Dorothy Van Ghent suggests that "human experience is organized into patterns that are in movement...'events.’” 13 E.M. Forster has wisely defined plot as "a narrative of events, the emphasis falling on causality.” 14 Causality is that which orders events, accounts for why and when things happen. It is precisely the principle ordering the novel's world, and is implicit in the conjunction of the events bodied forth. The plot of the romance, for example, unravels a complicated pattern of chance and coincidence that works mysteriously toward some end. Its plot forms a world of inscrutable fate and religion. The ordered disorder of the picaresque plot, by contrast, forms a world without order, a chaotic world. 15 Novels thrive on particularity. So plot is the particularizing of world view. To understand the world of Richler's novels, therefore, is to understand how the organization of events forms the novels' worlds.

A consideration of form as world must take into account the literary forms Richler uses to structure the worlds of his novels, which is to say, structure their world views. Indeed, his darkening world view consistent with his shift from a dominant mode of verisimilitude to the caricature and fantasy of satire and black humour largely guides this essay’s discussion. That shift resolves itself in the accommodation of this growing pessimism by the return to verisimilitude in Horseman. (No desire exists to make categorical genre definitions in which to fit Richler's novels. Rather, working definitions are here tools for better understandings, even though susceptible to arbitrariness and rigidity.)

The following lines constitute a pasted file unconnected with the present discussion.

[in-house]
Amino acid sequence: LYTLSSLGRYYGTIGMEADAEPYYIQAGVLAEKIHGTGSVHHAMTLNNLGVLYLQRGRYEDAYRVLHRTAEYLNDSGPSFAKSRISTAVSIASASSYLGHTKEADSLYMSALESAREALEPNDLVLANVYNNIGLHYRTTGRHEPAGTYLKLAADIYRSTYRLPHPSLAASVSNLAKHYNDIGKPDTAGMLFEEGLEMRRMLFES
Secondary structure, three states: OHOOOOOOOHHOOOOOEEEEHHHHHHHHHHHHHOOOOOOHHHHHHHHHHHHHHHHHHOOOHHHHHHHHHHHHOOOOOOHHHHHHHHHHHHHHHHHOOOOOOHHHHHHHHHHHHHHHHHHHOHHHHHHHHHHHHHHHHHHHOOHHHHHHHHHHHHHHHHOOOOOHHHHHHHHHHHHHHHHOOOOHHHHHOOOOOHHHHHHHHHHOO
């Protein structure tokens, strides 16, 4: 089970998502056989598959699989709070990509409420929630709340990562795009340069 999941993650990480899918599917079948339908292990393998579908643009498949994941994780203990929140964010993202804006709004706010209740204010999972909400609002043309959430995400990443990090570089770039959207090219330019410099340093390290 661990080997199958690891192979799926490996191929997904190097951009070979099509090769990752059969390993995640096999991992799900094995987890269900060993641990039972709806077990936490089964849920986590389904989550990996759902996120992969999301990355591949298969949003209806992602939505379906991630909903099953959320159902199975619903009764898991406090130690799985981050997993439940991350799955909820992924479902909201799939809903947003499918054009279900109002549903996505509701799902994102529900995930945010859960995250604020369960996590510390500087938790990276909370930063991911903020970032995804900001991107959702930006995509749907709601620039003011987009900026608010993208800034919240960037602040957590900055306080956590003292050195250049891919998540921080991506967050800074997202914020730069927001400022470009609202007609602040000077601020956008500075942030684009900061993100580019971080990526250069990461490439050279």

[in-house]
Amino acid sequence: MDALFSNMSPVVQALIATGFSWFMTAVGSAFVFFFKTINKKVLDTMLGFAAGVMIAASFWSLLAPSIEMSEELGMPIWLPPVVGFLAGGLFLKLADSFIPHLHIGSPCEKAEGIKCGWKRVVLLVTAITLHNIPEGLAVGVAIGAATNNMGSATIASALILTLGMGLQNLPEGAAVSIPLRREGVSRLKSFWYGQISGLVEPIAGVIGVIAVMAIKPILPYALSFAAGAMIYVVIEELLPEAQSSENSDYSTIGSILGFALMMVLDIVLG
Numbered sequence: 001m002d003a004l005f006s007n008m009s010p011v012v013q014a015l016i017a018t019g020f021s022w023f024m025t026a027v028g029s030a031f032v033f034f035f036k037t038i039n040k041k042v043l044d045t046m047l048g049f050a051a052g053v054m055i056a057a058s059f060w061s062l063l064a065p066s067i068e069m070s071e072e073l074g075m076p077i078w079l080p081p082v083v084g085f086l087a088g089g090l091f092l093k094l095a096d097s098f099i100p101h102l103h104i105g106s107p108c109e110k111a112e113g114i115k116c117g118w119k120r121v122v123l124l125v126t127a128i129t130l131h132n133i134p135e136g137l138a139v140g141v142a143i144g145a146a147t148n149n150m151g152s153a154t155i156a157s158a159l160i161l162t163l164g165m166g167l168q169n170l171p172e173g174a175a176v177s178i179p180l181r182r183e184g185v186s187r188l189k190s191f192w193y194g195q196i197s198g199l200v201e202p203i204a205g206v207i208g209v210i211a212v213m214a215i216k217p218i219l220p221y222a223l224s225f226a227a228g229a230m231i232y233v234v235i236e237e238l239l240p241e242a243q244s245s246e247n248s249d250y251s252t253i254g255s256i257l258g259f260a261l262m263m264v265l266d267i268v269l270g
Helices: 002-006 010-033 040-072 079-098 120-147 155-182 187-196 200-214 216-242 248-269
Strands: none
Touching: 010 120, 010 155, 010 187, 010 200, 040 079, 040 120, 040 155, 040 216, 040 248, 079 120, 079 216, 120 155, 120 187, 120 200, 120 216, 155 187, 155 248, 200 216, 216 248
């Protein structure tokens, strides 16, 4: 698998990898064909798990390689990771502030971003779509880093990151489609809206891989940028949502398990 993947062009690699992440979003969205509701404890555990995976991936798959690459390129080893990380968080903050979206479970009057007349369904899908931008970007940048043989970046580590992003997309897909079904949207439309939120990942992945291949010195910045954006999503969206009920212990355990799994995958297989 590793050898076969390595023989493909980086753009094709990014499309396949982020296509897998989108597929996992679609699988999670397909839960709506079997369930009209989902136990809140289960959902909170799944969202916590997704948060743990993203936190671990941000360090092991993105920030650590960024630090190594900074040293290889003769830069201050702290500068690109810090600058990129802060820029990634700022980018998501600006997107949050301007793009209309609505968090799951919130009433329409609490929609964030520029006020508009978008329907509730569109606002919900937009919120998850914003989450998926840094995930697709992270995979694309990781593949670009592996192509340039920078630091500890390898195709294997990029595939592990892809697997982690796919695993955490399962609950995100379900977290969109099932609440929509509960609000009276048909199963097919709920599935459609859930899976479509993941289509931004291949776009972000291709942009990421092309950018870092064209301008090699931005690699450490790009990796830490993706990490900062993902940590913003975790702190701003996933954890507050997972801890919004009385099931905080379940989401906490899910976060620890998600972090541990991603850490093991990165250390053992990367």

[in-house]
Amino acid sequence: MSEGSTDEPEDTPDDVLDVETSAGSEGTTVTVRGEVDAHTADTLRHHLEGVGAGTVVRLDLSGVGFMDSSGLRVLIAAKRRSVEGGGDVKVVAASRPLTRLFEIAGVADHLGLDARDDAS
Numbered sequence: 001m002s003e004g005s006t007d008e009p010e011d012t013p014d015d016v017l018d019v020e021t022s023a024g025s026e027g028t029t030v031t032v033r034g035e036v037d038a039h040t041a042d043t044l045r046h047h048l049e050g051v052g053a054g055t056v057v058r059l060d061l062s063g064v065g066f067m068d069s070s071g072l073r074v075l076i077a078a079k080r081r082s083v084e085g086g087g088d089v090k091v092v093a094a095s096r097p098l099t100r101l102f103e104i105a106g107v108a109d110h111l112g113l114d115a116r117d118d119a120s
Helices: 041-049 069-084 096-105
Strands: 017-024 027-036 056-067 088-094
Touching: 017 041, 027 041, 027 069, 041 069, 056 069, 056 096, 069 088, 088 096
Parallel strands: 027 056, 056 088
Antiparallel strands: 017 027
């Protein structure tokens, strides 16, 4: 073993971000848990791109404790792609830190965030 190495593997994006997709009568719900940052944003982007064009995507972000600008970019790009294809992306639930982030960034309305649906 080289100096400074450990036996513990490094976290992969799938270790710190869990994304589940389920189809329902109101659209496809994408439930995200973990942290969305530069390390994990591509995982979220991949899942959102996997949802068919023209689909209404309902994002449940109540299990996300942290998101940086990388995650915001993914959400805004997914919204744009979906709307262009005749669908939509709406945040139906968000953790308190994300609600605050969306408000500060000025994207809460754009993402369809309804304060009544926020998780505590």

Richler is a self-conscious novelist and novelists imitate literature as well as nature.16 He uses the technique of submerged form, which, as described by Jonathan Rabkin, consists of using a literary form in order to undermine it, to invert its view of reality and, so, reinforce the actual view being presented. 17 Richler buries forms within his novels. To understand where these forms begin and end, where their views of reality begin and end, is to have an illuminating insight into the kind of worlds which he gives form to.

1. Northrop Frye, Anatomy of Criticism (New York: Atheneum, 1969), p. 86.
2. Susan Sontag, Against Interpretation (New York: Delta, 1966), p.8.
3. Rene Wellek and Austin Warren, Theory of Literature, (New York: Harcourt, Brace and World, 1956), p. 421.
4. Herbert Read, The Origins of Form in Art, (New York: Horizon Press, 1965), p.79.
5. Ibid., p. 80.
6. Frye, p.83.
7. Wellek and Warren, p.214.
8. Dorothy Van Ghent, The English Novel, (New York: Holt, Rineheart and Winston, 1960), p. 6.
9. Frye, p. 83.
10. Ibid., p.86.
11. Wellek and Warren, p. 225.
12. Nathan Cohen, A Conversation with Mordecai Richler, Tamarack Review, (Winter, 1957), p. 7.
13. Van Ghent, p. 5.
14. E.M. Forster, Aspects of the Novel, (Harmondsworth: Penguin, 1963), p. 130.
15. Stuart Miller, The Picaresque Novel, (Cleveland: Press of Case Western University Reserve, 1967), pp. 9-12.
16. Frye, pp. 95-96.
17. Jonathan Rabkin, The Technique of Modern Fiction, (London: Edward Arnold, 1968), pp. 122-125.